DrJames Irvine SS05

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Information about DrJames Irvine SS05

Published on June 24, 2007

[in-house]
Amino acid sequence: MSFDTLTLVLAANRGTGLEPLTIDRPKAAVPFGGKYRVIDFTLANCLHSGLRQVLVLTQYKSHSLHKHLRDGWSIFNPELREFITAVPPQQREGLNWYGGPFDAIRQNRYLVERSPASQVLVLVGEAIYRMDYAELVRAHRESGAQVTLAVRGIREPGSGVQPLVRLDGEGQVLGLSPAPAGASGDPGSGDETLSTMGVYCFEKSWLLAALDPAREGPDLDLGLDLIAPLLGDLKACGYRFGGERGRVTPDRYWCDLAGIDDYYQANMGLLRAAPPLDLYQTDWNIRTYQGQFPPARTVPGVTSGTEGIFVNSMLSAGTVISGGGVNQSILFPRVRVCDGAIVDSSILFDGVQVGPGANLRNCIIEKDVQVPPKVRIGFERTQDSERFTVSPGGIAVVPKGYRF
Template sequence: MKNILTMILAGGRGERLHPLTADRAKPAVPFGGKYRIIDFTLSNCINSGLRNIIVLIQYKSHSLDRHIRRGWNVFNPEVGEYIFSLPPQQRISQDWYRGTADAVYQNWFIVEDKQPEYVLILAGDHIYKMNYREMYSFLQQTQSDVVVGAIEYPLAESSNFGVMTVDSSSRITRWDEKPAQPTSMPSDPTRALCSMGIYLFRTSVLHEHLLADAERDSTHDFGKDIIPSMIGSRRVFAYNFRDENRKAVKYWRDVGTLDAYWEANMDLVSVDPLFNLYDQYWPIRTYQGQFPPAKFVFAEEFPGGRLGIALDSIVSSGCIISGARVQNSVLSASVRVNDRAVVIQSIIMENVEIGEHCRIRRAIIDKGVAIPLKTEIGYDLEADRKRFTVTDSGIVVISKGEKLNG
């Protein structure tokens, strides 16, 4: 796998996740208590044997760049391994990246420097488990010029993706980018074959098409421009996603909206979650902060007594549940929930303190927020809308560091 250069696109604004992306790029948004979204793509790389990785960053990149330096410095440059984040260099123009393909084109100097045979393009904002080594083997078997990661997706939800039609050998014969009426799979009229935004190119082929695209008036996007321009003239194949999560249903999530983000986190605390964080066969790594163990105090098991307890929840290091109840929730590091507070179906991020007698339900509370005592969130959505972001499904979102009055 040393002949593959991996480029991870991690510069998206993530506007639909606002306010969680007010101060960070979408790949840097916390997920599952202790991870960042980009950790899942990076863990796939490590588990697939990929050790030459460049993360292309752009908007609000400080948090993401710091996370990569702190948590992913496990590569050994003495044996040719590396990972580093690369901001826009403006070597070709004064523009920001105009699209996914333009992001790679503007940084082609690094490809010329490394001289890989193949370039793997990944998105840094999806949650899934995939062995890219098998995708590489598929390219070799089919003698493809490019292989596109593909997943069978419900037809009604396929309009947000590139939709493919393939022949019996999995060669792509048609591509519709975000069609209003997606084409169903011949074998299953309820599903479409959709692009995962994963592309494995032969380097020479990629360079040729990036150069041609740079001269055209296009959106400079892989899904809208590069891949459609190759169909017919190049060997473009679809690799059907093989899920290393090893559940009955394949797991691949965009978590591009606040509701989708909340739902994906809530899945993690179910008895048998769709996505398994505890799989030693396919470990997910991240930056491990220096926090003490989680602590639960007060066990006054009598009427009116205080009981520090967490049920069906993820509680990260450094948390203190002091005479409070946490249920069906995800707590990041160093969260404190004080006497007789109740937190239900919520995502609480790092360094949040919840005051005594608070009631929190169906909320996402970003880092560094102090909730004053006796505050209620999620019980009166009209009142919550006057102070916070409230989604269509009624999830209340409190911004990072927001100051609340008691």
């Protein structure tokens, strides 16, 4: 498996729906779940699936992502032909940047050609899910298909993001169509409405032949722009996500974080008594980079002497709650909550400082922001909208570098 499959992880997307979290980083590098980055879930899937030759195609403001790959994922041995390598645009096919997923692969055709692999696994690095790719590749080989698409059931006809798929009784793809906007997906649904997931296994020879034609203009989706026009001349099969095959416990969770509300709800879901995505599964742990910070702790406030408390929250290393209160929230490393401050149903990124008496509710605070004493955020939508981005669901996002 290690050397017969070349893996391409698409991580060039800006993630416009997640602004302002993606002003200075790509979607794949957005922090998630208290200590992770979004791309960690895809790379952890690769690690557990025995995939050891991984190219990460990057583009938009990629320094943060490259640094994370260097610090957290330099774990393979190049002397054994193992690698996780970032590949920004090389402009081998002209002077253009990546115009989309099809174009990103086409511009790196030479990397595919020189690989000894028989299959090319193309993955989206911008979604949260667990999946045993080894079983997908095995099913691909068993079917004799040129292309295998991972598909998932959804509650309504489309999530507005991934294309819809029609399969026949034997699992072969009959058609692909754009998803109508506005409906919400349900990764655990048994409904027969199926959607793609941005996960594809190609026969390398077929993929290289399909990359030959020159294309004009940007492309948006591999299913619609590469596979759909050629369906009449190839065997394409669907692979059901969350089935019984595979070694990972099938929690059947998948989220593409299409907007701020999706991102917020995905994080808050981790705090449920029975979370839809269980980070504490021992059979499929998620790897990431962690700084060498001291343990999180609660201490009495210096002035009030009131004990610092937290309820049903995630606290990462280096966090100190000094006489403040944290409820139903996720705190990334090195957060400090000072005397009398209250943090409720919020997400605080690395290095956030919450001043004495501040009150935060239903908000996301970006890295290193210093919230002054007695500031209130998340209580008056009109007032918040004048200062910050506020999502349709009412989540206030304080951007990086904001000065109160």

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Creating Caring Communities: Putting Mental Health on the Agenda:  Creating Caring Communities: Putting Mental Health on the Agenda Dr. James Irvine Health Promotion Summer School Prairie Region Health Promotion Research Unit Mental Health Promotion: Identity, Culture and Power August 2005 Mental Health:  Mental Health a state of balance between physical, mental, cultural, spiritual and other personal factors, and between the self, others and the environment Sartorius Positive Mental Health:  Positive Mental Health A value in its own right; contributes to the individual’s well-being and quality of life; and also contributes to society and the economy by increasing social functioning and social capital. Jané-Llopis E, Barry M, Hosman C, Patel V. Why the interest in mental health promotion?:  Why the interest in mental health promotion? Why the interest from ‘health’? Why the interest from other sectors? Increasing interest in population’s mental health:  Increasing interest in population’s mental health Increasing awareness of mental disorders being common andamp; disabling Economic consequences clearer Links between physical andamp; mental health better appreciated Links between education, labour, justice, etc andamp; mental health more understood Increasing recognition of the link needed between economic andamp; social development Mental Illness Impact:  Mental Illness Impact Neuropsychiatric disorders account for 13% of Global Burden of Disease; (Moodle and Jenkins) Predictions that by 2020, depression will be the 2nd leading cause of disability in the world; Poor mental health also contributes to poor physical health; One in four persons will develop a mental or behavioural disorder throughout their lifetime. Prevalence ~10% of adults (WHO) Mental Illness Impact:  Mental Illness Impact 20% of adolescents under the age 18 suffer from developmental, emotional or behavioural problems; 1 in 8 has a mental disorder; from poor communities this increases to 1 in 5. Economic costs substantial 30-40% of workplace sickness absence is attributable to mental disorders (Jenkins) Socio-economic & Life Stress:  Socio-economic andamp; Life Stress Impact on Physical Health Social Risk Factors:  Social Risk Factors Adverse childhood experiences (ACE) Lower childhood socio-economic status Leads to increased:  Cardiovascular risk  Lipids (cholesterol)  Insulin resistance  Obesity Dong M et al Circulation 2004; Lawlor, Ebrahim, Smith. BMJ 2002 Slide10:  Mental health status is associated with risk behaviours at all stages of the life cycle. Young people with depression and low self-esteem are linked with smoking, binge drinking, eating disorders and unsafe sex. Vicious circle Links between physical health and mental health are bidirectional Slide11:  Malnourishment in infants – increased risk of cognitive and motor deficits Heart disease and cancer can increase risk of depression Mood disorders can lead to increased risk of injuries, poor physical and role function Learned helplessness, hopelessness and depression associated with decreased immunologic activity and increased risk of tumor growth and infections. Slide12:  Many of the interventions designed to improve mental health will also promote physical health and vice versa. (when mental health promotion is thought of in a broader sense than previously understood) Slide13:  Promoting mental health has the potential to reduce a whole range of risk behaviours and their consequences such as loss of productivity, crime, drop-out from school, disrupted family relationships (Moodle and Jenkins) Similarities in the conditions for different health and social outcomes:  Similarities in the conditions for different health and social outcomes Same risk factors (low attachment to one’s community, school, family and workplace; parental alcohol and drug use; family conflict; inconsistent parenting; marital instability) and Absence of protective factors Can result in increased crime, drop out from school, increased risk of alcohol abuse, sexual activity, depression and suicide, drug addition Slide15:  What we spend on policing and courts and jails is not available to be spent on affordable housing, school systems, or income security. Feather Mental Well-Being: the foundation of a healthy individual, family & community:  Mental Well-Being: the foundation of a healthy individual, family andamp; community Slide17:  The Health of the Population:  The Health of the Population Prerequisites peace shelter education food income stable ecosystem sustainable resources social justice and equity Determinants child development working conditions education choices and coping income and social status physical environments health services social support network Social, environmental & economic determinants of mental health :  Social, environmental andamp; economic determinants of mental health Isolation / alienation Lack of education, transport, housing Neighourhood disorganization Peer rejection Poor social circumstances Poor nutrition Poverty Racial injustice / discrimination Violence Work stress Unemployment Access to drugs / alcohol Displacement War Empowerment Positive interpersonal interactions Social participation Social responsibility / tolerance Social services Social support / community network Cultural integration Williams, Saxena, McQueen Risk Factors Protective Factors Slide20:  Societal or community-level characteristics: Culture, Language, Cohesion, Control Aboriginal Youth Suicide by Cultural Continuity Factors:  Aboriginal Youth Suicide by Cultural Continuity Factors Cultural Continuity Factors Source: Chandler andamp; Lalonde, 1998 Post-Traumatic Stress Response:  Post-Traumatic Stress Response Popular explanations of health inequities of the Aboriginal communities are limited (its more than health behaviours, more than socio-economic), The enduring impact of colonization and loss of culture are identified as critical health issues – concepts of historical and intergenerational trauma need to be recognized Mental health and social problems linked to social and cultural disruption over the lifespan and across generations Mitchell, Maracle Post-Traumatic Stress Response:  Post-Traumatic Stress Response arises from external trauma and terrifying experiences that break a person’s sense of predictability, vulnerability, and control. Mentally: negative beliefs about themselves and the world, Emotionally: cycles of denial and anxiety Physically: sleep disturbances, anxiety, nightmares, flashbacks Behaviourally: avoidance, isolation, drinking, drugging, increasingly aggressive. PTSR is a useful model for understanding and addressing health inequities::  PTSR is a useful model for understanding and addressing health inequities: Provides a social / historical context for what has been incorrectly viewed as individual/cultural weaknesses, or illness, Confirms holistic understanding of well-being and cultural renewal Compassionately validates stress responses as appropriate human reaction to trauma; Offers access to proven psycho-educational and therapeutic approaches Points to use of group/community models for collective mourning, support and healing. Mental Health Promotion:  Mental Health Promotion Enhances positive mental health Contributes to the reduction of risk behaviours such as tobacco, alcohol, and drug misuse, unsafe sex Reduction of social and economic problems such as drop out from school, crime, absenteeism from work and intimate partner violence Reduction of rates, severity of, mortality from physical and mental illness. Slide26:  How do we approach mental health promotion? Slide27:  Diet Sexual Activity Drugs Smoking Early Childhood Development Social Supports Unemployment Education Poverty Principles of Health Promotion:  Principles of Health Promotion Health education Policy analysis Community development and organization Health advocacy Legislation World Health Organization (1984) Ottawa Charter for Health Promotion:  Ottawa Charter for Health Promotion Building Healthy Public Policy Creating supportive environments Strengthening community action Developing personal skills Reorienting health services World Health Organization (1986) Key Population Health Promotion Ideas:  Key Population Health Promotion Ideas Meaningful participation:  Meaningful participation Meaningful Participation:  Meaningful Participation Participation by local people is recognized as having the greatest and most sustainable impact when solving local problems and setting local norms Multi-sector collaboration and partnerships:  Multi-sector collaboration and partnerships Slide34:  The health sector has to pick up the pieces resulting from poor mental health, but it has little effect on the determinants of mental wellbeing Expand the traditional view about who ‘owns’ mental health promotion, and who actually does, or can, promote mental health in most populations. Moodle/Jenkins Slide35:  Finding ways to shift emphasis from a sector-by-sector approach to a broader and more cohesive problem approach Community as the focus! Slide36:  Partnerships Within communities Between communities Within health organizations Mental health promotion andamp; health promotion Treatment and promotion services Between health organizations With other sectors Slide37:  Conditions for success: Intersectoral action for Population Health:  Conditions for success: Intersectoral action for Population Health Seek shared values and interest; alignment of purpose; common vision Ensure political support Engage key partners Ensure horizontal and vertical linking Invest in alliance building Focus on concrete objectives and visible results Ensure leadership, accountability and rewards are shared among partners Build stable teams of people skilled transformative action adapted from FPT Adv C on PH Housing:  Housing Good housing acts as a mitigating factor against the negative effects of low SE status on health and well-being (Dunn, 2002). Community focus versus jurisdictional 'if jurisdiction is your starting point, you’re not going to solve anything…Start from a community issues standpoint, set aside jurisdictional and policy issues, and commit some resources to it. You’ll see things happen' (Hanselmann, Gibbins) Intersectoral partnerships:  Intersectoral partnerships Individuals and organizations in business and industry, housing, local gov’t, sports, recreation, arts and culture, education, and justice already are promoting and in some cases demoting mental health May not be aware of the effect they have on mental health and can be further encouraged to either expand their health promoting work, or reduce the health damaging effects of their work Challenge is to work out how to create effective partnerships with these indiv and organizations. Take action on a variety of determinants:  Take action on a variety of determinants Multiple StrategiesMultiple Levels:  Multiple Strategies Multiple Levels Reduce individual, socio-economic, and environmental risk factors, and Promote protective factors Supportive environments to reduce inequities & remove barriers:  Supportive environments to reduce inequities andamp; remove barriers Making healthy choices, easier choices. Creating supportive environments:  Creating supportive environments Policy Economic development Social action Community schools Early childhood supports Creating Supportive Environments:  Creating Supportive Environments High/Scope Perry Preschool Project Targeted 3-4 year old children from impoverished backgrounds Cost $1000 per child Cost-benefit - $7,000 to $8,000 per child Barnett WS. AJ Orthopsych 1993 Government Healthy Public Policy:  Government Healthy Public Policy The way services are provided Environmental policy Policy on housing, transportation, etc Economic policy Taxation policy Social policy Healthy Policy is also for you & I:  Healthy Policy is also for you andamp; I School boards Recreation centers First Nations Band councils Municipal governments Committees and organizations Families Workplaces Capacity building and empowering practices:  Capacity building and empowering practices Capacity building:  Capacity building Increased awareness andamp; knowledge Skill development Knowing how to access resources Developing social networks Learning from others Actions that focus on the health of the population:  Actions that focus on the health of the population Focus upstream on taking action earlier:  Focus upstream on taking action earlier Evidence based decision making:  Evidence based decision making Not only doing things right, but the right things. Slide53:  Slide54:  The delivery of mental health promotion programs in an empowering, collaborative and participatory manner is central to mental health promotion activity. (Barry M) Four crucial settings for intervention:  Four crucial settings for intervention Home, School, Workplace, and Community. Jané-Llopis/Barry MM Home:  Home During the first period of life, there is more development in mental, social, and physical functioning than in any other period across the lifespan UNICEF, 2002 School:  School Enormous potential – no other setting where such a large proportion of children can be reached WHO 'Child-friendly schools' promotes sound psychosocial environment; encourages tolerance and equality between genders, ethinic, religious and social groups. Promotes active involvement and co-op; avoids use of physical punishment; does not tolerate bullying. Supporting and nurturing environment; providing education which responds to the reality of the children’s lives. Establishes connections between school and family life, encourages creativity as well as academic abilities, and promotes self-esteem and self-confidence of children. Workplace:  Workplace Unemployment Work stress Noise, overload, time pressures Repetitive tasks Interpersonal conflicts Job insecurity Low sense of control Balance with personal life Community:  Community Change is more likely to come about when the people it affects are involved in the change process. Participation by local people is recognized as having the greatest and most sustainable impact when solving local problems and setting local norms Support Multi-outcome interventions:  Support Multi-outcome interventions One of remaining problems is the categorical approach to mental, social, educational, behavioural and legal problems. Many of these problems have commonalities that can be addressed simultaneously and that impact on many areas of functioning. Slide61:  Addressing the determinants:  Addressing the determinants Partner - Who can we work with, to do it better together? Advocate - What needs to be done at policy legislative level? Cheerlead - Encouraging and not getting in the way. Enable - What we do directly to change the determinants Mitigate - Picking up some of the pieces, so it isn’t worse Solutions?:  Solutions? Will be found in:.. thinking, planning and working... across sectors and levels of government from multiple perspectives, including social, psychological, justice, education, and economic, from prevention and promotion through to treatment and care, using the expertise of many disciplines and engaging communities as partners in potential solutions. David’s Population Health Traps:  David’s Population Health Traps Macro Avoidance Micro Paralysis Many Small Steps:  Many Small Steps “Almost anything you do will seem insignificant, but it is very important that you do it anyway”:  'Almost anything you do will seem insignificant, but it is very important that you do it anyway' Mahatma Ghandi Slide67:  Why would a small group of dedicated individuals believe that by working together we can change the world? Because throughout history, it is the only thing that ever has. Slide68:  Other sources of further information::  Other sources of further information: Moodle R and Jenkins R. Mental health promotion. I’m from the government and you want me to invest in mental health promotion. Well why should I? Promotion and Education 2005; S-2:37-41. Jané-Llopis E, Barry M, Hosman C, Patel V. Mental health promotion works: a review. Promotion and Education; 2005; ProQuest Nursing Journals, supplement 2: 9-25 Sask Health. Supporting mental well-being and decreased substance use and abuse. 2005 McCubbin M, Labonte R, Sullivan R, Dallaire B. Mental health is our collective wealth – a discussion paper. Submitted to Federal/Provincial/Territorial Advisory Network on Mental Health. Accessed online: http://www.spheru.ca/www/html/Reports/Reports_other.htm Dr. James IrvineProfessor, Dept of Family Medicine, U of SMedical Health Officer, Population Health Unit, Northern Health AuthoritiesBox 60002nd Floor, Lac La Ronge Indian Band Office,LaRonge, Sk S0J 1L0James.Irvine@mcrrha.sk.ca:  Dr. James Irvine Professor, Dept of Family Medicine, U of S Medical Health Officer, Population Health Unit, Northern Health Authorities Box 6000 2nd Floor, Lac La Ronge Indian Band Office, LaRonge, Sk S0J 1L0 James.Irvine@mcrrha.sk.ca